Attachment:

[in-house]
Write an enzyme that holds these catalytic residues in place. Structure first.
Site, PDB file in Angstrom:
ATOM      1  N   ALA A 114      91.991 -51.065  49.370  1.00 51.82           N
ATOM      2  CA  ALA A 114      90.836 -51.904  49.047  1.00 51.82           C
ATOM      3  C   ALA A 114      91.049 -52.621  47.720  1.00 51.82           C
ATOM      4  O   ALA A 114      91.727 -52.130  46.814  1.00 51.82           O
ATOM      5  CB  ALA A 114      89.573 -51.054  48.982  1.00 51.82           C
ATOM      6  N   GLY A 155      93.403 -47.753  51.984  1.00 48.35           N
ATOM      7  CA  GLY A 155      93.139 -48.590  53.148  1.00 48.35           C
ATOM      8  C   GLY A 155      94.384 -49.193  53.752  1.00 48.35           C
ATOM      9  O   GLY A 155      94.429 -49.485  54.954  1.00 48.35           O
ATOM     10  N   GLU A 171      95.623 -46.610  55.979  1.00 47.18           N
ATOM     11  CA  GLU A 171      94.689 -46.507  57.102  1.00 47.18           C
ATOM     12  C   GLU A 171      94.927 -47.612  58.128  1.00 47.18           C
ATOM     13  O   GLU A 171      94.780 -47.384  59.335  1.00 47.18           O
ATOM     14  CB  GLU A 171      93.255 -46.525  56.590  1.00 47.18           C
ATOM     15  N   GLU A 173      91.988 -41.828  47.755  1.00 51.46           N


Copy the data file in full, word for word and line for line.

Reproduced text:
[in-house]
Write an enzyme that holds these catalytic residues in place. Structure first.
Site, PDB file in Angstrom:
ATOM      1  N   ALA A 114      91.991 -51.065  49.370  1.00 51.82           N
ATOM      2  CA  ALA A 114      90.836 -51.904  49.047  1.00 51.82           C
ATOM      3  C   ALA A 114      91.049 -52.621  47.720  1.00 51.82           C
ATOM      4  O   ALA A 114      91.727 -52.130  46.814  1.00 51.82           O
ATOM      5  CB  ALA A 114      89.573 -51.054  48.982  1.00 51.82           C
ATOM      6  N   GLY A 155      93.403 -47.753  51.984  1.00 48.35           N
ATOM      7  CA  GLY A 155      93.139 -48.590  53.148  1.00 48.35           C
ATOM      8  C   GLY A 155      94.384 -49.193  53.752  1.00 48.35           C
ATOM      9  O   GLY A 155      94.429 -49.485  54.954  1.00 48.35           O
ATOM     10  N   GLU A 171      95.623 -46.610  55.979  1.00 47.18           N
ATOM     11  CA  GLU A 171      94.689 -46.507  57.102  1.00 47.18           C
ATOM     12  C   GLU A 171      94.927 -47.612  58.128  1.00 47.18           C
ATOM     13  O   GLU A 171      94.780 -47.384  59.335  1.00 47.18           O
ATOM     14  CB  GLU A 171      93.255 -46.525  56.590  1.00 47.18           C
ATOM     15  N   GLU A 173      91.988 -41.828  47.755  1.00 51.46           N